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Now or Never

November 12, 2018

The United Nations recently issued a report, the main thrust of which was to urge humankind to take immediate steps to mitigate climate change. Before we review what those steps ought to be, let's talk about why they're necessary. Anybody who's been alive and cogent during 2018 ought to know: monster wildfires, recording-breaking heatwaves, rainfall to the point of deluge, catastrophic typhoons and hurricanes, drought that produces scorched grasses, crops and tinder, all of which fuel further wildfires. Overseas, Greece and much of the Mediterranean is forecast to become a desert over the next several decades. Indeed, the shift has already begun. Extreme winds caused megafires in Portugal last year.

The number of wildfires in the western U.S. continue to increase in number: acreage burned has doubled over the last three decades. The American insistence on building homes in high-risk locales doesn't help. In Europe, wildfires have increased by 43 perce…
Recent posts

Dancing on the Head of a Pin

July 26, 2018

Richard Heinberg, Senior Fellow with the Post Carbon Institute, has written a rebuttal to a recent article by Ted Nordhaus, co-founder of the Breakthrough Institute. Nordhaus's theory of planetary carrying capacity can be summarized as follows: we can engineer our way out of the problem. And he's willing to bet your life and mine that he's right! Nordhaus admits no constraints on human population of the earth, basing his theory on another specious assumption, called decoupling. Since the advent of the Industrial Revolution, Nordhaus, and other economists, maintain that "each increment of economic growth in developed economies has brought lower resource and energy use than the last."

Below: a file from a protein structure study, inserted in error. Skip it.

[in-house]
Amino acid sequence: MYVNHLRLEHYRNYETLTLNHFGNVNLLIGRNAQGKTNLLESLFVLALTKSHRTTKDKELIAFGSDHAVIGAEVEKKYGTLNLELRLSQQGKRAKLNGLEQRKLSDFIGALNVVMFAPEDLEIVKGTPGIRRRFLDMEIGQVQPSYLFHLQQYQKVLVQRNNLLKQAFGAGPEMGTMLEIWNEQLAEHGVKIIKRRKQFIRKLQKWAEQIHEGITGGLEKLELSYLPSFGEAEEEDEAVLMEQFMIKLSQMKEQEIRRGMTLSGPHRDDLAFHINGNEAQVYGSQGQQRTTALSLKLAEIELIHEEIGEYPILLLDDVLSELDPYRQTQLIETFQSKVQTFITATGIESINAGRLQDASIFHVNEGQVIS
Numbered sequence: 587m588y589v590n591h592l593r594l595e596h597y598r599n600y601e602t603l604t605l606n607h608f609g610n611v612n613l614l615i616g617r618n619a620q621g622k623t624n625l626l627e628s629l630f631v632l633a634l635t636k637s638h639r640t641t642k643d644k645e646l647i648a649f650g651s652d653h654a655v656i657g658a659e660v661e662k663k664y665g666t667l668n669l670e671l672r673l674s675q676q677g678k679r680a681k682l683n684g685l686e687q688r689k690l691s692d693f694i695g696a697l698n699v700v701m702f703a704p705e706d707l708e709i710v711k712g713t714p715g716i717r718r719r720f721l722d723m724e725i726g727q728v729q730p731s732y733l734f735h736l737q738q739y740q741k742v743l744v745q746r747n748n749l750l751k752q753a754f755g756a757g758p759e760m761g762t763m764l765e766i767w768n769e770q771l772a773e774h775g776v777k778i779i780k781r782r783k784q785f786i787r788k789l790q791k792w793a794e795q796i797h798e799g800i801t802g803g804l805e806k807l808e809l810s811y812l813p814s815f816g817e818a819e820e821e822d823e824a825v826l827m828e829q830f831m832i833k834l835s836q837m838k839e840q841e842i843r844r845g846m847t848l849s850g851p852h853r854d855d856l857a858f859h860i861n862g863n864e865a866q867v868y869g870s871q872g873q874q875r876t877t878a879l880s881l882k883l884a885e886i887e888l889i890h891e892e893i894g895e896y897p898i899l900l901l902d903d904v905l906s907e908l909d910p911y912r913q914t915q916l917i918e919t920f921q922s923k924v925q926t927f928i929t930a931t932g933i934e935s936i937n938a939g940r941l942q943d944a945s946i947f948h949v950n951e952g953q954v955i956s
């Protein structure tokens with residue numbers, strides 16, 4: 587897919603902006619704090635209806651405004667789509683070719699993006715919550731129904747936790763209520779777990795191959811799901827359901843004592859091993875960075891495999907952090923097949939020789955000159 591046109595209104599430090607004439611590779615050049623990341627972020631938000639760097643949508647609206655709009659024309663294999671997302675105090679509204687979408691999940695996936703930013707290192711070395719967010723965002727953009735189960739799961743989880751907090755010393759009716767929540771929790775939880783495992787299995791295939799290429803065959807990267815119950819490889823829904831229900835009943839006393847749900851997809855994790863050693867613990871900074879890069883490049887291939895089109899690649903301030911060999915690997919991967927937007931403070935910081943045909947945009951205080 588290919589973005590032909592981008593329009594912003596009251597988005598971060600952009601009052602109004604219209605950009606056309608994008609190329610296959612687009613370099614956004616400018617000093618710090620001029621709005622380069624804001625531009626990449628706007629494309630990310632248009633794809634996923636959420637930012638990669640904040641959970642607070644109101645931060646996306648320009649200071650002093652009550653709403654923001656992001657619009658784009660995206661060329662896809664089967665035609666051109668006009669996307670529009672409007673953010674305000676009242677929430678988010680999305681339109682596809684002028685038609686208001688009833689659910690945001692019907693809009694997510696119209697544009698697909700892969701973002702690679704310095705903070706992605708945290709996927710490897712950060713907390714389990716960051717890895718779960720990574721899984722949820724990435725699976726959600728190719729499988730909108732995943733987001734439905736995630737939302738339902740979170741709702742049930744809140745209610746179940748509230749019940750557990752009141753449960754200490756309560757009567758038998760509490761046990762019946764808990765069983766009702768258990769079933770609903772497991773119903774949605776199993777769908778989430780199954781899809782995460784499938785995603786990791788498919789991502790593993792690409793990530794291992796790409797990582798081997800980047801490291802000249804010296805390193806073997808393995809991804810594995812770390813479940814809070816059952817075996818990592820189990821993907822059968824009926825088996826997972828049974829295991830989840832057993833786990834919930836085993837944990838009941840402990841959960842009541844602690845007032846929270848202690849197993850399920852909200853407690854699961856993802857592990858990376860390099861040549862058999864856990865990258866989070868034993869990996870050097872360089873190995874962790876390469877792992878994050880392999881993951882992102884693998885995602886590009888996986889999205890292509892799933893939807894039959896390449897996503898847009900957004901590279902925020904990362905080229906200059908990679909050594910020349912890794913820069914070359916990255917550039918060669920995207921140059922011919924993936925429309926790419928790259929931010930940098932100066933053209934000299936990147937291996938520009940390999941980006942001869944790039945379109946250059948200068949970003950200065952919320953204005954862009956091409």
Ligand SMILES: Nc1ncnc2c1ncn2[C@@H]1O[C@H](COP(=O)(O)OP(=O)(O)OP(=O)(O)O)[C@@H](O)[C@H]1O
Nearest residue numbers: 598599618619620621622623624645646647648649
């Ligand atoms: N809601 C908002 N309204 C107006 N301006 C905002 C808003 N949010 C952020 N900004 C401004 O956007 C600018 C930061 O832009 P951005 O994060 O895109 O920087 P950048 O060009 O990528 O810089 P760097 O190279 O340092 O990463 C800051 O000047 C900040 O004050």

Heinberg is quick to point out that an analysis of decoupling thus far is merely the result of an accounting error. In other words, the numbers Nordhaus relies upon are fractions, barely supporting his claims. In order for the developing world to enjoy a standard of livi…

To Bee or Not to Bee - Update

July 8, 2018

I like to walk around each day to look at the flower beds I've planted, always in the morning. It's been an unusual growing year; our weather has been cool and overcast, the lack of sun slowing plant growth considerably. One plant that has kept me guessing since I planted it two years ago is a Blue Sea Holly, which I have in a flower bed facing south. It took forever, but this year it produced flowers - unusual, spiky-looking things that are still, gradually turning a dusty-looking gray-blue. One of the most notable features of the plant has been its ability to attract bees. For the past few weeks I've seen swarms of them hovering around the 3 foot tall mass of clover-like flowers each day.

This makes me happy, because - like all of you, I suspect - I'm aware of the trouble bees are in. In past years, I've seen wooden boxes full of the creatures delivered to various farmers' fields in the area. This year, there were no deliveries; the fields have b…

Who Ya Gonna Call?

May 25, 2018

To be clear, the current Administration in charge of the American government does not accept that human beings are responsible for climate change. Most governments do, of course: 194 signed the Paris Climate Agreement, from which only one - the U.S. - has withdrawn. By my calculation, that leaves 193 participating countries. The reason is clear: the United States believes that the cost of mitigating climate change will fall largely upon its ample shoulders. Given that the majority of greenhouse gases released into the atmosphere originated, until quite recently, in the U.S., this would seem just and fair. American business magnates think otherwise.